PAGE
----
Despite the relatively short-lived endeavors of groups such as EMU Confessions and EMU Crushes, this year has seen yet another Facebook group come to life: EMU Blind Date. While EMU Blind Date has not spread as rapidly as the former two, it has a solid constituency of more than 40 people.
The page offers a basic structure for single EMU students interested in a blind date. After becoming friends with EMU Blind Date on Facebook, you can message the group, specifying when you are free and whether you want to date a male or a female. At some point, you can then expect to hear back from EMU Blind Date, giving you a time and a place to meet the mysterious other.
Some students who have already participated in the first round were directed to meet their blind date at the EMU fountain. From there, the couples walked to Bowl of Good where they received a sealed envelope. Inside were two papers: an introduction encouraging the duo to support the local restaurant by eating there, and a list of 20 questions to ameliorate any awkwardness. The question prompts ranged anywhere from the colloquial “how did you decide to come to EMU?” to the age-old “lizards or frogs” and the knotty “who can say ‘New York’ five times in a row fastest without getting tongue tied?” The suggestion provided by EMU Blind Date is for the tryst to last an hour: most likely short enough to prevent running out of things to say.
The intrepid EMU Blind Date page advocates a return to dating as a non-committal alternative to the current societal expectations of dating as a long term engagement. Although the makers of the page declined a personal interview, EMU Blind Date did communicate their purpose to me anonymously, writing that “dating isn’t considered a method to get to know other people who you may be interested in; rather, it is seen as a commitment to relationship. We wanted to revive this idea of people going on dates for fun, to get to know each other, to learn about yourself and others.”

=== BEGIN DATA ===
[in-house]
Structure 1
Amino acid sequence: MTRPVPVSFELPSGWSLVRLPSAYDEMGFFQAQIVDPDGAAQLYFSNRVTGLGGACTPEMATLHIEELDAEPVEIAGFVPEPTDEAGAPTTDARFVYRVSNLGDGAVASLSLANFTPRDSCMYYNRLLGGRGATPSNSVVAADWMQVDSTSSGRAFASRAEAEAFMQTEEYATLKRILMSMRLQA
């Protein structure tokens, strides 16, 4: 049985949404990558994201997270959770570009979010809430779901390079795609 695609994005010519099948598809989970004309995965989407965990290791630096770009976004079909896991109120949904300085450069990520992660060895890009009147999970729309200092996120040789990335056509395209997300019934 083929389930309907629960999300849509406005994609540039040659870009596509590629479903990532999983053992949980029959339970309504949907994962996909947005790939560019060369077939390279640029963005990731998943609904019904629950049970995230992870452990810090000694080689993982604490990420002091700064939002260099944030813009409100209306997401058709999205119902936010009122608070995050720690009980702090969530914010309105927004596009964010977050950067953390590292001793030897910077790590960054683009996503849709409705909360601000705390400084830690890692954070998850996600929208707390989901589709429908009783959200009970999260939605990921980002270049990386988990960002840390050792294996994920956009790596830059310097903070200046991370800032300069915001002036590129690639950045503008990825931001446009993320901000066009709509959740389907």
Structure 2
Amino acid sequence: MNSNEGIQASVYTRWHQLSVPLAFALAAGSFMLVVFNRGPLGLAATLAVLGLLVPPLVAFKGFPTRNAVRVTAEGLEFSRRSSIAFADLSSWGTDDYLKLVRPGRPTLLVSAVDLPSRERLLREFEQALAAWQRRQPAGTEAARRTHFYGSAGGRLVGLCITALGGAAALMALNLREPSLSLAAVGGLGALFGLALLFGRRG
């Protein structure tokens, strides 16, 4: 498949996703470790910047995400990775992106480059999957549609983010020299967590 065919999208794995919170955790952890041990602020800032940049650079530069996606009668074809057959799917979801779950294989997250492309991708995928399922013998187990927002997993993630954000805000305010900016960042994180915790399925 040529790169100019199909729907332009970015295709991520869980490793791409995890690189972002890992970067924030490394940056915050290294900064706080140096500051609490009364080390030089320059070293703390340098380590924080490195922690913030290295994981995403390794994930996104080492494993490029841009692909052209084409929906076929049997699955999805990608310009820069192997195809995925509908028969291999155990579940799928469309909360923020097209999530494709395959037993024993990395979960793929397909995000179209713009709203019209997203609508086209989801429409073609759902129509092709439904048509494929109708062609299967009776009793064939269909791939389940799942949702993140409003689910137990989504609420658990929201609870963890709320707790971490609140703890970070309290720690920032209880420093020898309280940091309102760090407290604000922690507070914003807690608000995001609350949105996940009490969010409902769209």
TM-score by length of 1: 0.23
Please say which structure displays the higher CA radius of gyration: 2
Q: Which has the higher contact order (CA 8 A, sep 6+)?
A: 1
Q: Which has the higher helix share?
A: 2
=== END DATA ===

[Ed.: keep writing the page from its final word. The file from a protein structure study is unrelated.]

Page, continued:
Some students who have used EMU Blind Date spoke positively of this goal. “There was no pressure for a second date or not for it,” remarked First-year Bethany Chupp. “It was very much time to get to know each other in a one-on-one context. Don’t be worried about trying it out. There’s nothing to lose. You’re getting to know someone better one on one. You are finding out what you like in a person. This is giving you an opportunity to learn about yourself.” Many find this change in context refreshing, although the surprise nature of blind dates can cause anxiety.
EMU Blind Date wants to assure people who are nervous about taking the initiative to sign up that EMU Blind Date gives privacy and respect to all those involved; everything is kept in confidence. Furthermore, it is a “non- judgmental system.” They promise to be working for you, not against you.
One reason that may prevent students from signing up for EMU Blind Date is the anxiety, fear, and nervous- ness that can come with the anticipation of a social engagement. Second-year Malachi Bontrager was “a little nervous,” although he knew who his date was going to be before it happened. Overcoming the nervousness of signing up can be very rewarding. “It was a lot of fun,” said Bontrager. “I look forward to the next one!”
Another apparent concern voiced by many students is the impression that the campus is too small for blind dates. “A lot of people that I have talked to are skeptical of the page because they feel like they already know people at EMU,” admitted Hannah Mack-Boll, a First-year. “I was already friends with my date, but it was a nice excuse to get to know them more one on one.” The blind date allows people to get to know each other in an intentional context. Within the frantic mix of college life and responsibility, it can be all too easy to lose this deepening of one-on- one relationships, with just friends or with burgeoning romantics.
-Seth Stauffer, Opinion Editor
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